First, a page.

Hamas and the ‘Arab Spring’
The Gaza leadership has also benefited from the so-called Arab Spring, particularly in Egypt. Ousted Egyptian President Hosni Mubarak and his intelligence chief, Omar Suleiman, were great PA supporters, Hamas detractors, and enablers of the Gaza Strip siege. The Muslim Brotherhood’s victory in Egypt’s legislative and presidential elections and the opening of the Gaza-Sinai crossing at Rafah were all good news for the Gaza leadership.
Following Mubarak’s overthrow, the tunnel business exploded, creating an “economic boom” for the Strip. According to a September 2011 World Bank report, GDP growth within the Gaza Strip reached 28% in the first six months of 2011. This financial boon has primarily benefited Hamas, while the Palestinians of Gaza remain dependent on foreign aid.
In late 2011 and early 2012, Ismail Haniyeh left Gaza for the first time since 2007 and embarked on two regional tours that included stops in Egypt, Sudan, Turkey, Tunisia, Qatar, Bahrain, Kuwait, the United Arab Emirates, and Iran.
Not all aspects of the Arab Spring have, however, been good for Hamas. For more than a decade, Hamas’ political bureau was based in Syria. As a result, the Syrian uprising has been a particular thorn in the movement’s side. Hamas would like to maintain its relationship with the Syrian regime, which has supported and welcomed the group when almost all other Arab regimes closed their doors. Hamas also does not want to lose Iran’s backing, its largest patron and supplier of money, weapons, and training.
While some senior Hamas officials have supported the Syrian revolution. Hamas has officially taken a neutral position. The movement has supported the rights of the Syrian people while neither condemning nor directly opposing the Syrian regime. The group has even attempted to mediate the crisis on several occasions, and has encouraged Syrian President Bashar al Assad to undertake immediate reforms.
Popular backing for the Syrian revolution among Palestinians in the OPT and diaspora has stopped the Hamas leadership from clearly advocating for a ‘political solution’ to the conflict, as has been done by Hezbollah and requested by the Syrian regime.
Because of the ongoing conflict, the Hamas leadership in Damascus did leave the country. Its members are now scattered between several locations, including Gaza, Lebanon, Jordan, Egypt, Turkey, and Qatar. Hamas ties with Syria and Iran have not, however, been broken.
Senior Hamas leader, Mahmoud Zahar, visited Iran in March 2012 followed by a visit from Hamas foreign minister, Mohammed Awad. Visits by Hamas officials to Iran suggest that both sides have reaffirmed their strong times and overcome any differences they may have over Syria.
Hamas: Radical Changes?
Along with its withdrawal from Syria, Hamas’ current rapprochement with the Gulf States has been viewed as a further step toward political moderation. The Islamic movement has long had a long record of relatively warm relations with the countries of the Gulf. This relationship has entered a new period of consolidation and closer rapprochement linked to the revolutionary processes in Egypt and Tunisia and the rise of the Muslim Brotherhood.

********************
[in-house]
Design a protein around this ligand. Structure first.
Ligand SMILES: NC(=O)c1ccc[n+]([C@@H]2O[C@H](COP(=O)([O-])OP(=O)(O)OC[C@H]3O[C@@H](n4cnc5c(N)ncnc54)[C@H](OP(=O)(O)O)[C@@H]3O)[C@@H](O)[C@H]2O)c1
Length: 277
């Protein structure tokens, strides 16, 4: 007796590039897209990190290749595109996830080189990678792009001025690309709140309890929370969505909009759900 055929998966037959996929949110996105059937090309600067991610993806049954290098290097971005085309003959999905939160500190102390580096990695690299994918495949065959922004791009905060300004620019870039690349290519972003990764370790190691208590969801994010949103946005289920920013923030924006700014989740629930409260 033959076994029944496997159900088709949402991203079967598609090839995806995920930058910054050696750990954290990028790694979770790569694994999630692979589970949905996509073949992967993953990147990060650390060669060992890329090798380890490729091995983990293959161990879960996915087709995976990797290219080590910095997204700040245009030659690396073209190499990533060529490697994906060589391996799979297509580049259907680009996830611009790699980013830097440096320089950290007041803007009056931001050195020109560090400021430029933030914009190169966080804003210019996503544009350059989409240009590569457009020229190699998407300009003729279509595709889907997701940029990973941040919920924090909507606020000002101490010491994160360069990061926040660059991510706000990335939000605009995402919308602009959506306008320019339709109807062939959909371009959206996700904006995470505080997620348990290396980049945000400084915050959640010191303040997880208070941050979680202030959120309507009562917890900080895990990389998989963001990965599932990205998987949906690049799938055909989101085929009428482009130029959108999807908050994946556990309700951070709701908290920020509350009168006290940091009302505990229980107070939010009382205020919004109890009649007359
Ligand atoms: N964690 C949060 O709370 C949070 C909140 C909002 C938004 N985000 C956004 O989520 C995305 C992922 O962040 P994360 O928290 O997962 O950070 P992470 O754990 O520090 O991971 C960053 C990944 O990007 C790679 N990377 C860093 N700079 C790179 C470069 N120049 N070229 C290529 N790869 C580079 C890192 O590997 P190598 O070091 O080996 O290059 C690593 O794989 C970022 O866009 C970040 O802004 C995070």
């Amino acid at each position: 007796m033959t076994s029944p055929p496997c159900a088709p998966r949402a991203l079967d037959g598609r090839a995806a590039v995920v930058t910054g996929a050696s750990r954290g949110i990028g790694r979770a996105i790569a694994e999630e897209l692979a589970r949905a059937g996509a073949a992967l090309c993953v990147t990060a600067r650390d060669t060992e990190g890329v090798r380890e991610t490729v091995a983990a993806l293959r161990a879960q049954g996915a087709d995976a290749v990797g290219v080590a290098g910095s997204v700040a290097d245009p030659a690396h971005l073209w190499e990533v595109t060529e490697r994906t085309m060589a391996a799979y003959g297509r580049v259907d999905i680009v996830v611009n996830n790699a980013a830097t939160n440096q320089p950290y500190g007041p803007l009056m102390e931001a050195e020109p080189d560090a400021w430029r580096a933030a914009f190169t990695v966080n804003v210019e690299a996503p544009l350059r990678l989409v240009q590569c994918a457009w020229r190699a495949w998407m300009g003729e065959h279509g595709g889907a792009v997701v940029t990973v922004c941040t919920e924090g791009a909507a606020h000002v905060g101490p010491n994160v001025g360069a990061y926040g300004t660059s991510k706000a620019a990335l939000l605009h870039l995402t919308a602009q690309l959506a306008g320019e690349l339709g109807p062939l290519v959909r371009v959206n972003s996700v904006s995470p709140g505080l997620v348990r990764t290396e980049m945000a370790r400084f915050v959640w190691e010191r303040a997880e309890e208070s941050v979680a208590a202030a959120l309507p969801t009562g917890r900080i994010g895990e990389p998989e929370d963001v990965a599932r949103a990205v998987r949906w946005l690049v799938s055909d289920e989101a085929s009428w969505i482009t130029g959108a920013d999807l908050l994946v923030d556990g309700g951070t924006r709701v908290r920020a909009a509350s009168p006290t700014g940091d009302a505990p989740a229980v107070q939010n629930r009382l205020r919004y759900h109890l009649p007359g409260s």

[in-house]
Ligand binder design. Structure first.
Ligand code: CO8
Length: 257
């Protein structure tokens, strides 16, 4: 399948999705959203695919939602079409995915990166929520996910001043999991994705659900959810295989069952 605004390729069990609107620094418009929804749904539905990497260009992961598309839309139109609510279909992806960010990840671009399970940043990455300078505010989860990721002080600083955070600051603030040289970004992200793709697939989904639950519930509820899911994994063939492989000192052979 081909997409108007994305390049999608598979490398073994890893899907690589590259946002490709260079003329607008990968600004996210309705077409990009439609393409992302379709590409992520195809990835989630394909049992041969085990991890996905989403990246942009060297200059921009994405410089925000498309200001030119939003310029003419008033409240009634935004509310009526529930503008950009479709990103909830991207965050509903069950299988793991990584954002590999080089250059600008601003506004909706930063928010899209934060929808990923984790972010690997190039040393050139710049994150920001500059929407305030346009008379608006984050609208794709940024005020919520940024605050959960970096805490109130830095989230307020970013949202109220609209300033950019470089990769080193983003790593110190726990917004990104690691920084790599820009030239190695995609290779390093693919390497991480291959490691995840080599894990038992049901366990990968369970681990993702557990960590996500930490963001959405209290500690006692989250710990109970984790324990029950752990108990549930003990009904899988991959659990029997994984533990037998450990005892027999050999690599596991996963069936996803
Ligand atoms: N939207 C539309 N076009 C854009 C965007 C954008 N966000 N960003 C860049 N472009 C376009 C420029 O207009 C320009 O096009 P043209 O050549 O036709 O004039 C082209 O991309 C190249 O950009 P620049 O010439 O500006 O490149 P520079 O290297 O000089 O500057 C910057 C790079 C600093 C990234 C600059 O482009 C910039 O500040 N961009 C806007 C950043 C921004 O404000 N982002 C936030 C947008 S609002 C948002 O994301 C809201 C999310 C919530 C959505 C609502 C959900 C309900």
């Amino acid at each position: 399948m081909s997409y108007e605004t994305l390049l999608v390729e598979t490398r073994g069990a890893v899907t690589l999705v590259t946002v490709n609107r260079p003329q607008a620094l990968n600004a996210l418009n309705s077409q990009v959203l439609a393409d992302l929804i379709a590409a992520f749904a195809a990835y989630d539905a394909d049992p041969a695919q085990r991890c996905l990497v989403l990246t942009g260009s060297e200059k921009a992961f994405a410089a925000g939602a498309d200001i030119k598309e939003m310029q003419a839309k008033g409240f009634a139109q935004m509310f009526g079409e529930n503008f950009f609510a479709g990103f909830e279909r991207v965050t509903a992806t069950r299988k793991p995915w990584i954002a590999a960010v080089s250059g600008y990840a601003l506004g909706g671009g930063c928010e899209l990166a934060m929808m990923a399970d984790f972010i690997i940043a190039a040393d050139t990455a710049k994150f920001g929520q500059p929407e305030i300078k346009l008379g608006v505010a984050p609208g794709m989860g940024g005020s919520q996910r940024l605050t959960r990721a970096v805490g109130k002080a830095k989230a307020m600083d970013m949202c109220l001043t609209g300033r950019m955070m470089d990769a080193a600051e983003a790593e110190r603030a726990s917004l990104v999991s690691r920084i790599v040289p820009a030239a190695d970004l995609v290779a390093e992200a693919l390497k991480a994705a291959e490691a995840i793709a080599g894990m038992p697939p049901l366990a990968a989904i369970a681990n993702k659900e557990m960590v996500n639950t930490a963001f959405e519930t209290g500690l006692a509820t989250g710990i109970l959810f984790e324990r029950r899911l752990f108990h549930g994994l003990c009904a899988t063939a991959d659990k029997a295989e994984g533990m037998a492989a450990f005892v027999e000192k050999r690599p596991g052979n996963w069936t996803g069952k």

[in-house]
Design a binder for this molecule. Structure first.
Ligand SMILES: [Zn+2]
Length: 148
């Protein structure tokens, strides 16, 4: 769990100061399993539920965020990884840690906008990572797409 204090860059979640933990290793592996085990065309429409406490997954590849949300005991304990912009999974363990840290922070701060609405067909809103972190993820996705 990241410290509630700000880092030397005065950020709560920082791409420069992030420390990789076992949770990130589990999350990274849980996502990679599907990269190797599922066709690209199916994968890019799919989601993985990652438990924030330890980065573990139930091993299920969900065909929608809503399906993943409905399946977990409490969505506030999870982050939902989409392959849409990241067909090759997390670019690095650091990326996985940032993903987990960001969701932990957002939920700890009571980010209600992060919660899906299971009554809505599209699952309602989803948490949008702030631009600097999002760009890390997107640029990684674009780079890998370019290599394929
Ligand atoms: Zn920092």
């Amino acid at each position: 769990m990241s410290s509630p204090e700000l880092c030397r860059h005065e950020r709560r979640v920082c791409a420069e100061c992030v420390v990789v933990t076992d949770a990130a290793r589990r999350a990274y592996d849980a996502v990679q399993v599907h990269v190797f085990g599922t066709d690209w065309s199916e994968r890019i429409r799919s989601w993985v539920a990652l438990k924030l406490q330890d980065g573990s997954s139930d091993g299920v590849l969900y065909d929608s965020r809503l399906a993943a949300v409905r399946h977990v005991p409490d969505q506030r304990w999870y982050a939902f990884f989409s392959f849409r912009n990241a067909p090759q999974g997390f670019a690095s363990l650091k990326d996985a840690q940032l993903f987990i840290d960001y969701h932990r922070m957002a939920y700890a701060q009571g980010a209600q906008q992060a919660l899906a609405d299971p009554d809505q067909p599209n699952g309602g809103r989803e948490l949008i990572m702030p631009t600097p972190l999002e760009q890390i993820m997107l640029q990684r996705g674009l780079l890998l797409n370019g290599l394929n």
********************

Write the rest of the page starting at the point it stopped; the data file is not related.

The Muslim Brotherhood desires recognition from the international community, especially the United States, and views Western imperialist governments as potential partners in consolidating its power. This has created a new situation in the region that presents Hamas with a novel set of political options.
The group is banking on improved relations with the Brotherhood-controlled Egypt, which could potentially bring the movement more international support. As such, there are risks that Hamas may put the demands of the international community over those of the Palestinian people, following Fatah’s path.
At the moment, Hamas is adjusting to new regional realities and recalibrating its internal political structure. Any changes within the group are not likely to be radical. The movement does, nevertheless, face a number of challenges. Its main challenge comes from the shift away from resistance for the sake of political power. In order to survive, Hamas must rethink its priorities before it suffers the same fate as Fatah. This can only be achieved by listening to and empowering the Palestinian people. The group must also reconnect the Palestinian national movement with the ongoing popular protests in the Arab world to reinforce the Palestinian struggle against Israeli and Western imperialism. Without taking these measures, the future of Hamas and the Palestinian cause face substantial risks.
* Joseph Daher holds a Master’s of Science degree in Middle Eastern Politics and is currently writing his PhD thesis and working as an assistant teacher in Lausanne University in Switzerland. He is an activist and has contributed articles and writings to several newspapers and websites. He is also the co-author of the book “The People Demand, A Short History of the Arab Revolutions”, and the co-founder of the blog Cafe Thawra and Syria Freedom Forever.
 Voting for the political bureau takes places only after elections for the majlis el shura in the Gaza Strip and West Bank, as well as among Hamas members in the Diaspora and those within Israeli prisons.
 The idea is similar to the two-state solution, despite the difference in wording.
 Hamas agreed on use of the term ‘popular resistance’ in the 2006 National Conciliation document. Article 3 of the document upholds “the right of the Palestinian people to resist and to uphold the option of resistance of occupation by various means and focusing resistance in territories occupied in 1967 in tandem with political action, negotiations and diplomacy whereby there is broad participation from all sectors in the popular resistance”. “National Conciliation Document of the Prisoners[Wathiqat al-Asra],” Jerusalem Media and Communications Center, 28 June 2006.
 Khaled Meshaal has moved to Qatar.